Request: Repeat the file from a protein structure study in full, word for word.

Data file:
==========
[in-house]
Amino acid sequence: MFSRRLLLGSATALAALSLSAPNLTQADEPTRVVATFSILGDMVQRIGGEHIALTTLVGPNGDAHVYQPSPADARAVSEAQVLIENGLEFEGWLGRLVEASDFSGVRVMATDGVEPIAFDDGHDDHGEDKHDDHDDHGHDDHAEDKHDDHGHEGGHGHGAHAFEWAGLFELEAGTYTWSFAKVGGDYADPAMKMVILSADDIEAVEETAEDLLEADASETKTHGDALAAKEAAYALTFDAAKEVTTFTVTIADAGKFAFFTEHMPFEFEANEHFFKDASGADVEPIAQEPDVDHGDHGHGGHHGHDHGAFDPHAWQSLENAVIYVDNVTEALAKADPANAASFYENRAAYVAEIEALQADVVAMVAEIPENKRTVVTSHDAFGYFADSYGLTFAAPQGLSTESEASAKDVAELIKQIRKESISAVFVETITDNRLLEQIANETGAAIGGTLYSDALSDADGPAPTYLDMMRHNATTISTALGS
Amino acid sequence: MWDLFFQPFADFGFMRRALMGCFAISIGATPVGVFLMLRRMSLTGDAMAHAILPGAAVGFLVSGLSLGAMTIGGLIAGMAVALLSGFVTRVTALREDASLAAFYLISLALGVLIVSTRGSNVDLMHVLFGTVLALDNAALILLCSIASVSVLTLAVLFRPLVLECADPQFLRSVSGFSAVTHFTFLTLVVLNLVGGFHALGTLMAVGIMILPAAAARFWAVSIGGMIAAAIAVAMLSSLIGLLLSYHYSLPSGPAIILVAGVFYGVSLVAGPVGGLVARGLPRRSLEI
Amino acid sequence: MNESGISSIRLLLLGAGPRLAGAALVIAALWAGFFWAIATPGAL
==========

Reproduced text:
[in-house]
Amino acid sequence: MFSRRLLLGSATALAALSLSAPNLTQADEPTRVVATFSILGDMVQRIGGEHIALTTLVGPNGDAHVYQPSPADARAVSEAQVLIENGLEFEGWLGRLVEASDFSGVRVMATDGVEPIAFDDGHDDHGEDKHDDHDDHGHDDHAEDKHDDHGHEGGHGHGAHAFEWAGLFELEAGTYTWSFAKVGGDYADPAMKMVILSADDIEAVEETAEDLLEADASETKTHGDALAAKEAAYALTFDAAKEVTTFTVTIADAGKFAFFTEHMPFEFEANEHFFKDASGADVEPIAQEPDVDHGDHGHGGHHGHDHGAFDPHAWQSLENAVIYVDNVTEALAKADPANAASFYENRAAYVAEIEALQADVVAMVAEIPENKRTVVTSHDAFGYFADSYGLTFAAPQGLSTESEASAKDVAELIKQIRKESISAVFVETITDNRLLEQIANETGAAIGGTLYSDALSDADGPAPTYLDMMRHNATTISTALGS
Amino acid sequence: MWDLFFQPFADFGFMRRALMGCFAISIGATPVGVFLMLRRMSLTGDAMAHAILPGAAVGFLVSGLSLGAMTIGGLIAGMAVALLSGFVTRVTALREDASLAAFYLISLALGVLIVSTRGSNVDLMHVLFGTVLALDNAALILLCSIASVSVLTLAVLFRPLVLECADPQFLRSVSGFSAVTHFTFLTLVVLNLVGGFHALGTLMAVGIMILPAAAARFWAVSIGGMIAAAIAVAMLSSLIGLLLSYHYSLPSGPAIILVAGVFYGVSLVAGPVGGLVARGLPRRSLEI
Amino acid sequence: MNESGISSIRLLLLGAGPRLAGAALVIAALWAGFFWAIATPGAL